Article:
China News Agency, United Nations, March 31st. To support humanitarian aid in Afghanistan, the United Nations jointly held a high-level donation event with the United Kingdom, Germany and Qatar on the 31st.
UN Secretary-General António Guterres said the goal of raising funds for Afghanistan this year is $4.4 billion.
Guterres warned that Afghanistan's humanitarian needs have tripled since June last year and continue to grow every day.
Afghanistan is suffering from a crisis of hunger and malnutrition, and the country's economy has virtually collapsed.
International aid agencies can only "reluctantly play a role" due to funding problems, and local partners face greater challenges.
Years of conflict and repeated droughts have led to persistent humanitarian needs in Afghanistan, and the current situation in the country is unprecedented, with more than 24.4 million people in need of humanitarian assistance, according to the United Nations Office for the Coordination of Humanitarian Affairs. Survive.
Food security levels have declined at an alarming rate, with half the population facing acute hunger and 9 million of them in emergency food insecurity.
Guterres said that the decision of relevant parties to stop development support for Afghanistan and freeze Afghanistan's nearly 9 billion US dollars of overseas assets has had a serious impact, and the international community must find ways to help the Afghan people avoid suffering due to these measures.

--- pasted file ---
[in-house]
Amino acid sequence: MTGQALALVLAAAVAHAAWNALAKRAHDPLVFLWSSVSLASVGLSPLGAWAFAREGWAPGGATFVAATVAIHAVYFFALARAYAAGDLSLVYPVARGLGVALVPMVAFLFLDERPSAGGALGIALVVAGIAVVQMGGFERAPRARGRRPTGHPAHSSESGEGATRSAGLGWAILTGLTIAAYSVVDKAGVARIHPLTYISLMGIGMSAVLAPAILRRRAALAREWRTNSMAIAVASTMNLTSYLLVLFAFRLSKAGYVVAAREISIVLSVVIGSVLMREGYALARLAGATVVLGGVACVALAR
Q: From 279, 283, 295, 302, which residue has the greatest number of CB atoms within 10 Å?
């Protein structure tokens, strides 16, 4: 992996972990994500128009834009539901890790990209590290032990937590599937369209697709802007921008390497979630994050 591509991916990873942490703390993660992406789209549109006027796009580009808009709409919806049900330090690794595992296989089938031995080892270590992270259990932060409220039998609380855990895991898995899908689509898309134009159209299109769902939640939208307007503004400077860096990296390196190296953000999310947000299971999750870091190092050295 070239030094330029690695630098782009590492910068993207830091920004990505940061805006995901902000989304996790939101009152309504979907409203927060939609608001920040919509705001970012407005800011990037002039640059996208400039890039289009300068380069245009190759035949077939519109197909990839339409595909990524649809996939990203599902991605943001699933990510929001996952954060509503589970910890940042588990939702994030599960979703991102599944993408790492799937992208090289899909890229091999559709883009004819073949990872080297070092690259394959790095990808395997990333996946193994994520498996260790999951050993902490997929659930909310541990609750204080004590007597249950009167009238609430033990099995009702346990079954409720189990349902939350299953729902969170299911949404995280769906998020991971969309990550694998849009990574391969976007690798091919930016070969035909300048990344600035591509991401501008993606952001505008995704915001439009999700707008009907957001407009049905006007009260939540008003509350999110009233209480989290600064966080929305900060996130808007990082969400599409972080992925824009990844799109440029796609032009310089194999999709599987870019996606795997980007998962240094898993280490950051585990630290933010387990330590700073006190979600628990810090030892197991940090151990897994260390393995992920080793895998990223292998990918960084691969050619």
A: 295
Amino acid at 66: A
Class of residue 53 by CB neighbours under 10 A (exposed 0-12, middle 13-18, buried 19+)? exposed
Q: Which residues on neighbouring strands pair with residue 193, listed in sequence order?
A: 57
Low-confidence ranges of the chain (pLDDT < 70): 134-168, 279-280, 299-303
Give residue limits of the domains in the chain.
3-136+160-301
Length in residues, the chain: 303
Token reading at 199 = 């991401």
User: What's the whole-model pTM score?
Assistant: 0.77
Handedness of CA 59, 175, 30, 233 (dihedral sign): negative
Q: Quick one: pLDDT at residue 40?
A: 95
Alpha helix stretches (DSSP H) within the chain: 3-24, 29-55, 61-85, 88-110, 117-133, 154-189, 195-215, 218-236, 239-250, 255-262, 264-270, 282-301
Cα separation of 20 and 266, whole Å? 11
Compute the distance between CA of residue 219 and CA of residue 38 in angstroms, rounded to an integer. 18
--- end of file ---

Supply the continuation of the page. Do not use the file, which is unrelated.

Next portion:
He noted that rich, powerful countries cannot ignore the impact of their decisions on the most vulnerable.
Countries must provide funds for Afghanistan to support the normal functioning of the Afghan economy and ensure that the Afghan people are not famined.
Guterres emphasized that stopping the "death spiral" of the Afghan economy is the first step in any meaningful humanitarian response, otherwise no aid operation will truly help the Afghan people.
Guterres said the goal of the United Nations and partners is to provide 22 million Afghans with water and food, medical care, shelter facilities, safety and security, education and other life-saving aid measures.
But with fundraising so far reaching only 13% of what the 2022 Humanitarian Response Plan needs, strong support from countries is still urgently needed.
The Taliban is reportedly back in power after the U.S. withdrew from Afghanistan in 2021.
The United States immediately froze Afghan assets in the United States, and then even planned to embezzle half of the funds as "a source of funds to compensate the victims of the '9.11' incident", which was criticized by public opinion.